Nick Yafrate is a Senior Engineer based in Massachusetts with more than 11 years of experience in geotechnical engineering design, geotechnical instrumentation, and solid-waste facility services.
His experience includes design, permitting, and construction quality assurance for landfills, elevated temperature landfills (ETLFs), ash impoundments, remediation sites, and dams. He manages design teams and field construction oversight and leads many of Geosyntec's geotechnical instrumentation design, installation, and monitoring projects.
An experienced engineer, Nick has provided solid waste containment services at dozens of sites across North America. His projects include design for sites with challenging conditions such as landfills exhibiting elevated temperature conditions (ETLF) and facilities over soft or unstable foundations. He has worked on more than a dozen sites that exhibit potentially ETLF conditions. This work has included development and implementation of state-of-the art temperature and pressure monitoring systems, landfill overlay systems, coolant systems, and internal drainage systems. The temperature and pressure monitoring systems use fiber optic distributed temperature sensing (FODTS) and vibrating wire technologies which Nick helped develop for harsh ETLF conditions. His work has included design for facilities over soft clay foundations where strengthening of the underlying soft clays with preloading and/or wick drains is necessary to maintain stability during and after construction. In 2017 Nick was recognized as one of the "WASTE 360 40 UNDER 40 rising stars and young professionals within the industry."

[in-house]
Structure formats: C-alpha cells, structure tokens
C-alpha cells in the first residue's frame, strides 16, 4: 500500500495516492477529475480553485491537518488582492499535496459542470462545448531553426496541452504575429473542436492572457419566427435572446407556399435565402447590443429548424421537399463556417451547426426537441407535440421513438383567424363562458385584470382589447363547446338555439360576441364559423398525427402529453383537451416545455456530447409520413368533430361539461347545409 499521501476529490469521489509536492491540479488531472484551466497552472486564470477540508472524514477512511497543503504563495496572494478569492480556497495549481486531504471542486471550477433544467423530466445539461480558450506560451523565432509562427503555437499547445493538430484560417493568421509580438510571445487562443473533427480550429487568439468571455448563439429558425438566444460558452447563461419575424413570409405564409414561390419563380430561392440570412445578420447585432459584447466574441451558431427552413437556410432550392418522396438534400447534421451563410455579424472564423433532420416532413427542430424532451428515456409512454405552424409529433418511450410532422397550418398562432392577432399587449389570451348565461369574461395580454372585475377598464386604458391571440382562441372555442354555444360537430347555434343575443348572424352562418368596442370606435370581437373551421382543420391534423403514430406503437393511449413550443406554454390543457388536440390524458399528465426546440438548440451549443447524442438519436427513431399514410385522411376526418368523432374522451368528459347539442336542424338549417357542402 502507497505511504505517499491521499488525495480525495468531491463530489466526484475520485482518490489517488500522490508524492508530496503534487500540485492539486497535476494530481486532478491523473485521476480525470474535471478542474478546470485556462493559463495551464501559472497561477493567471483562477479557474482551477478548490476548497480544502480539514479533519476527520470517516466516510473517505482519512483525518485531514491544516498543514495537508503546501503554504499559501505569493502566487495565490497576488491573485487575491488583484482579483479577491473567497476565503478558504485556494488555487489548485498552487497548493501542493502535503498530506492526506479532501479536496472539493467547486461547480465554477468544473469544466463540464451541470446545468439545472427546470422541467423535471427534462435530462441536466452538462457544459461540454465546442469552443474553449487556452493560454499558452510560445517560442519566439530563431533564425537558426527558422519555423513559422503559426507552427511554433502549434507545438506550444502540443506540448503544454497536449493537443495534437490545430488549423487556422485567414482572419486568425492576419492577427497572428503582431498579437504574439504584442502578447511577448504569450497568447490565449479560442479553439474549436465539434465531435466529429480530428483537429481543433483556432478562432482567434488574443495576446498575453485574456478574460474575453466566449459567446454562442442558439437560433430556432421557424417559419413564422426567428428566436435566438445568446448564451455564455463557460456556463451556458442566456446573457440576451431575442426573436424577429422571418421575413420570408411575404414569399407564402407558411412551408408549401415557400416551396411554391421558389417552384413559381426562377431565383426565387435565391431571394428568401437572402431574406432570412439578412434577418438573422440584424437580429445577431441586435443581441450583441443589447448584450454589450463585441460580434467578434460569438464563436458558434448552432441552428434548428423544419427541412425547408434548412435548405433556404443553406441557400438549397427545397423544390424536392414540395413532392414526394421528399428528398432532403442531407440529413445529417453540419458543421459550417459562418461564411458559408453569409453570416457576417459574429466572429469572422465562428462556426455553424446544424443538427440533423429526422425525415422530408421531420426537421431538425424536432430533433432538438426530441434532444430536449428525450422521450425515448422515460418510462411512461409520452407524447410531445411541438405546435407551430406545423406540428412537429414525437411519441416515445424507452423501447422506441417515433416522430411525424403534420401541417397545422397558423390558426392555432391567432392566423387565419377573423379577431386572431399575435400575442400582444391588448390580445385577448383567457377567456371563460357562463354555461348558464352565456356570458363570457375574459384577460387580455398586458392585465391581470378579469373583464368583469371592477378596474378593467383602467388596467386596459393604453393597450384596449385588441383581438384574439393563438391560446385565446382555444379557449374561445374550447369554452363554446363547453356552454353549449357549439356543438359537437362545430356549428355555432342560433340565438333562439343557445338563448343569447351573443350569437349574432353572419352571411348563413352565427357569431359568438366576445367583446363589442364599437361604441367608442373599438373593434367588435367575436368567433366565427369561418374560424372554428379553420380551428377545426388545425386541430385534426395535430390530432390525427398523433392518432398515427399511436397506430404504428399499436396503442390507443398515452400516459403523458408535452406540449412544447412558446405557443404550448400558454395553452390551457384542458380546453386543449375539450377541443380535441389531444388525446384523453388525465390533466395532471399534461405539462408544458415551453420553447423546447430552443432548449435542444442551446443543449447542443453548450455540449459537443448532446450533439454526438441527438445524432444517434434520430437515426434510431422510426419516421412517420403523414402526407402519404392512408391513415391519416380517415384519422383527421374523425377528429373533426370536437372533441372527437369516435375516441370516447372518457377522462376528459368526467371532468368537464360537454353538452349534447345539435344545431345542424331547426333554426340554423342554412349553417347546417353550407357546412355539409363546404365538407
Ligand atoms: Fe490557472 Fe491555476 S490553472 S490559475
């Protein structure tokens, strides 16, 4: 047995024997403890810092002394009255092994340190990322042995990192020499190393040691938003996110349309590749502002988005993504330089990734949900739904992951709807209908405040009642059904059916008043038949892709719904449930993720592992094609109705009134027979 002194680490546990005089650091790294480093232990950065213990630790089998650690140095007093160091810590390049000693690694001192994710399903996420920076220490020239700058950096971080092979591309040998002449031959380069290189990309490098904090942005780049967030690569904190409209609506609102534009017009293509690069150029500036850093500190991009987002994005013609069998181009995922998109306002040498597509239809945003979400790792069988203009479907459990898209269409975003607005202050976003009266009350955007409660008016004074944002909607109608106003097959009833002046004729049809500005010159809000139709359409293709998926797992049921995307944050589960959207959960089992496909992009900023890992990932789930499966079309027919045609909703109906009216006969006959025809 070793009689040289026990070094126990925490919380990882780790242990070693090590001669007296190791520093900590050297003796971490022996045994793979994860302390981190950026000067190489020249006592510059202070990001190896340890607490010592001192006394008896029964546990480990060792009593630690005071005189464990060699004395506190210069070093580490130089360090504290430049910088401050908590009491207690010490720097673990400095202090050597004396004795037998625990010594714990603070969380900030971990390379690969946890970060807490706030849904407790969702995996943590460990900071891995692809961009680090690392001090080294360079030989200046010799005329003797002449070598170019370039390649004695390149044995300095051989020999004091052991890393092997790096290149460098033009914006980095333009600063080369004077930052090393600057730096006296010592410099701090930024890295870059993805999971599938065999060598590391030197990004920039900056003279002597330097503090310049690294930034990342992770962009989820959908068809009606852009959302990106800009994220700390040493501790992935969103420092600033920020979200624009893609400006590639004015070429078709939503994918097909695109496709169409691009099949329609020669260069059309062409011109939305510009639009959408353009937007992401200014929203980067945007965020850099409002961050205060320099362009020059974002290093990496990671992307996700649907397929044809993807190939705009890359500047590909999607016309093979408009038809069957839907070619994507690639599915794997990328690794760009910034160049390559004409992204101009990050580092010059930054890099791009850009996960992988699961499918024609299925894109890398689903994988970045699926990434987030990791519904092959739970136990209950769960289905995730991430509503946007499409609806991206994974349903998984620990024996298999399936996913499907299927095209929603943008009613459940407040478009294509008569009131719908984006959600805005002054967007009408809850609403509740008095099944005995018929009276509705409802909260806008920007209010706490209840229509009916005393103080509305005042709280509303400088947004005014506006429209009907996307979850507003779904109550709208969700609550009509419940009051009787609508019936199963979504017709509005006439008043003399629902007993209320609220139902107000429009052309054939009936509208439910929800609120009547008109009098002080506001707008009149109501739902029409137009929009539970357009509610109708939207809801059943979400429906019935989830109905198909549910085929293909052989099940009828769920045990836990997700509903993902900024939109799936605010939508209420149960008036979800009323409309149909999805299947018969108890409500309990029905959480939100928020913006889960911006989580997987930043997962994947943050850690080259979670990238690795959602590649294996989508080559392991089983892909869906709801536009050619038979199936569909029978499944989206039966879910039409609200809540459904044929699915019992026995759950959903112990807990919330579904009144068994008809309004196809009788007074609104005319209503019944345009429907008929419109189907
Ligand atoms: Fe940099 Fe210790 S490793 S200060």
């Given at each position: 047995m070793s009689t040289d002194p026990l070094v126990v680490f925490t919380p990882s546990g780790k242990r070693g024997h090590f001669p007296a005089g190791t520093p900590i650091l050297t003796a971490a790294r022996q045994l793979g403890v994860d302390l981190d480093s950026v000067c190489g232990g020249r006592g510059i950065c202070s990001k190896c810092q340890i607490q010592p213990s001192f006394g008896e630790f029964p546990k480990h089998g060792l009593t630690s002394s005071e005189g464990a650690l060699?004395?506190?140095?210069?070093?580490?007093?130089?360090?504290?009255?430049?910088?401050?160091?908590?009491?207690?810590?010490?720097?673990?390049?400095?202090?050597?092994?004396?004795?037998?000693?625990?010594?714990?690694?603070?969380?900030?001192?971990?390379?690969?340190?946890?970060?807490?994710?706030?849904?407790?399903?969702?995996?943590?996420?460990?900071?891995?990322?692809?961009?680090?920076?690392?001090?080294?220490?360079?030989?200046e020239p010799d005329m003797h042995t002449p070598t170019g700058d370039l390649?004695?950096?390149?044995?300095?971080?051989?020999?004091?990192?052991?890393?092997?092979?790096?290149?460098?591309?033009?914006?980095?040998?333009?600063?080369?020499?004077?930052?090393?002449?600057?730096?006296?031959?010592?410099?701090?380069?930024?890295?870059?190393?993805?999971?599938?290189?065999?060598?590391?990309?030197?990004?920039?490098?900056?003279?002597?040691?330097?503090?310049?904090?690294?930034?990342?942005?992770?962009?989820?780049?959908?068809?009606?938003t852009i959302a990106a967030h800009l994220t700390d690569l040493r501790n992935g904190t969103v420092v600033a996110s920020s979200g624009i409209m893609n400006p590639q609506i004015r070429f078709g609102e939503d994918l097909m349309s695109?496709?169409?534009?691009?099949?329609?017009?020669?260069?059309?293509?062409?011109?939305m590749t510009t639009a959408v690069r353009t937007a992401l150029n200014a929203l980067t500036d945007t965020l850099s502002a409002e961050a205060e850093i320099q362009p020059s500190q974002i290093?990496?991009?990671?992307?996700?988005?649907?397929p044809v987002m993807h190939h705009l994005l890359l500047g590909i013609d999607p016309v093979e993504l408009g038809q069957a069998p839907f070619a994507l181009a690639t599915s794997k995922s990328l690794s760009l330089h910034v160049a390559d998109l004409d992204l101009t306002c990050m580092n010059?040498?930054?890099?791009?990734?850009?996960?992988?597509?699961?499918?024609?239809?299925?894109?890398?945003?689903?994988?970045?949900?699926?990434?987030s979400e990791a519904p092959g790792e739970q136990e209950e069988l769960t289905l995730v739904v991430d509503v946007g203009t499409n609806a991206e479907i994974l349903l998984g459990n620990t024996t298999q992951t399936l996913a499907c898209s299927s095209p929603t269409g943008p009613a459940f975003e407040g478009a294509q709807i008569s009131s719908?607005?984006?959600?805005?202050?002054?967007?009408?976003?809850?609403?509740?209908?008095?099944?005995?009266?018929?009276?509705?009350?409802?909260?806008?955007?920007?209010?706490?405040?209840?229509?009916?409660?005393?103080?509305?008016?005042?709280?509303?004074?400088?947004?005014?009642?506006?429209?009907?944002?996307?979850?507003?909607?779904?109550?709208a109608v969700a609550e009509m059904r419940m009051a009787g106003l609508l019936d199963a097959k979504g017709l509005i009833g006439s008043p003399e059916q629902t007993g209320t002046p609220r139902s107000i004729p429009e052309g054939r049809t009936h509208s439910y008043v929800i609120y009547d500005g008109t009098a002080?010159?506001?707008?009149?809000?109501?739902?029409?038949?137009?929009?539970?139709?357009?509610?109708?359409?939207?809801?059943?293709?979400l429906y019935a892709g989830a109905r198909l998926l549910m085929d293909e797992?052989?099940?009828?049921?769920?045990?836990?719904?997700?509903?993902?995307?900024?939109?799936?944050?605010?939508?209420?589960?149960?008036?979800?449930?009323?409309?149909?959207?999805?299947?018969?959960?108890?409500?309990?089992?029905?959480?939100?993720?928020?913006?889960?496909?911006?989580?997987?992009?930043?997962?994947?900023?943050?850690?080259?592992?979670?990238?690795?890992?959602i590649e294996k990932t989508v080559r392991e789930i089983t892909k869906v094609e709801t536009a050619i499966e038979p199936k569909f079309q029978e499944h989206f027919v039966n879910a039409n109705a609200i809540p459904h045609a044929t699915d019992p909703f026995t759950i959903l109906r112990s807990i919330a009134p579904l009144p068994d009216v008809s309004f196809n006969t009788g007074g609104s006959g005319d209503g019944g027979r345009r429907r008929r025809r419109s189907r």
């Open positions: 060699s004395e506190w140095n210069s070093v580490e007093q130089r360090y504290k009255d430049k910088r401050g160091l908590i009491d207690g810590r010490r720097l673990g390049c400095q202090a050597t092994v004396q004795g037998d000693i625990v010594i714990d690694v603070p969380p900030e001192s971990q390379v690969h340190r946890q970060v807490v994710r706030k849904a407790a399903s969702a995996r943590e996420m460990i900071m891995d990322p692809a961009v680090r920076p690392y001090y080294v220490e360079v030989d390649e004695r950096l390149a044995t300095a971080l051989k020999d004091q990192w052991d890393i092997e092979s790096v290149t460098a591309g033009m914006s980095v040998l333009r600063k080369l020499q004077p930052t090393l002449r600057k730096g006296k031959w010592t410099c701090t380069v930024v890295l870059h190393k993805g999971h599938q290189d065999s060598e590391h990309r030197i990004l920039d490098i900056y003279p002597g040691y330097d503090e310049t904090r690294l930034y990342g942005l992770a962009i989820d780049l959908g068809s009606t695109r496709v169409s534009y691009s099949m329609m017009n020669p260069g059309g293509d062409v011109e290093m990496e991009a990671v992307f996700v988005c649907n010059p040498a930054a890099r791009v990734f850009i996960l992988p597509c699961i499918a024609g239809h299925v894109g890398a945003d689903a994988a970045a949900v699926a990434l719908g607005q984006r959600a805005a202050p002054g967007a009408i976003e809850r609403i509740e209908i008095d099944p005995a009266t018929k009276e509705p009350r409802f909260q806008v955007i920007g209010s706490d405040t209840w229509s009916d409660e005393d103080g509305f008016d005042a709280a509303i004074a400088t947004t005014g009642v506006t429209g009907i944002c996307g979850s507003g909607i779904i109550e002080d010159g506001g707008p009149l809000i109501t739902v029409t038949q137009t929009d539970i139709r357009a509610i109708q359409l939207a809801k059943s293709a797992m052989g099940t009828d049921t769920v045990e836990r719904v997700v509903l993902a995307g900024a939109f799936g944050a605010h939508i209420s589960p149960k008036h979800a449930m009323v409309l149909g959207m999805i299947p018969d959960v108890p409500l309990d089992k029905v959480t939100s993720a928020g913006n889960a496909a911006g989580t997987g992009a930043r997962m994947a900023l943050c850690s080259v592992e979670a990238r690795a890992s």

Nick has served as the lead geotechnical instrumentation engineer on dozens of projects across the United States. The instrumentation projects have included dams, mechanically stabilized earth (MSE) berms, landfill slopes, ash impoundments, sheet pile walls, and other geotechnical structures. The instrumentation designs are focused on providing Geosyntec's clients with confidence during construction, the life of the structure, and meeting regulatory monitoring requirements. Nick leads the design and installation of geotechnical instrumentation, along with the development of monitoring plans and assessment of the resulting data. Many of these systems are fully automated with alarm features and web-based interfaces.